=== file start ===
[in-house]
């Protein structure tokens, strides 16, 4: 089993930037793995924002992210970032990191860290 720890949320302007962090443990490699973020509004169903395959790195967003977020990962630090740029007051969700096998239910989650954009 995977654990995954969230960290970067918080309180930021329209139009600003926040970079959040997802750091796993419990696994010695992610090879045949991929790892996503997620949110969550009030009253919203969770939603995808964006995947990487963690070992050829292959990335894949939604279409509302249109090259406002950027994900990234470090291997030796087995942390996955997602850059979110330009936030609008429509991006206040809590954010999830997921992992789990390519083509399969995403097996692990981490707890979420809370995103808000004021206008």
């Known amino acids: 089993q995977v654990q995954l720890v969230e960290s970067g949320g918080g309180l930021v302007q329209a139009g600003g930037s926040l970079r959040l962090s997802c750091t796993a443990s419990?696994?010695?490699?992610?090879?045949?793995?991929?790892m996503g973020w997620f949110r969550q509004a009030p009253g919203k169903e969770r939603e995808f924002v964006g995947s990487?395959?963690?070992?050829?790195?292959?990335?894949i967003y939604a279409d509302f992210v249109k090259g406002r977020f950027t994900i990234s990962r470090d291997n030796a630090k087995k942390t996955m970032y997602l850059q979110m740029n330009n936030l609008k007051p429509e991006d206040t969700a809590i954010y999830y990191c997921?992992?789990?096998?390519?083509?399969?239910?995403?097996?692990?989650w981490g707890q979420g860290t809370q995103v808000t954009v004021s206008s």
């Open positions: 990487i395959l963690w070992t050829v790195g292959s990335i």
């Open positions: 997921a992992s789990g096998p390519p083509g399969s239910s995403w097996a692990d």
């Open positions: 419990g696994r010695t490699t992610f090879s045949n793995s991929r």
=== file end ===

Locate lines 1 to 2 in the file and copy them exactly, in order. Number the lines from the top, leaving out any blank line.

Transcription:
[in-house]
């Protein structure tokens, strides 16, 4: 089993930037793995924002992210970032990191860290 720890949320302007962090443990490699973020509004169903395959790195967003977020990962630090740029007051969700096998239910989650954009 995977654990995954969230960290970067918080309180930021329209139009600003926040970079959040997802750091796993419990696994010695992610090879045949991929790892996503997620949110969550009030009253919203969770939603995808964006995947990487963690070992050829292959990335894949939604279409509302249109090259406002950027994900990234470090291997030796087995942390996955997602850059979110330009936030609008429509991006206040809590954010999830997921992992789990390519083509399969995403097996692990981490707890979420809370995103808000004021206008």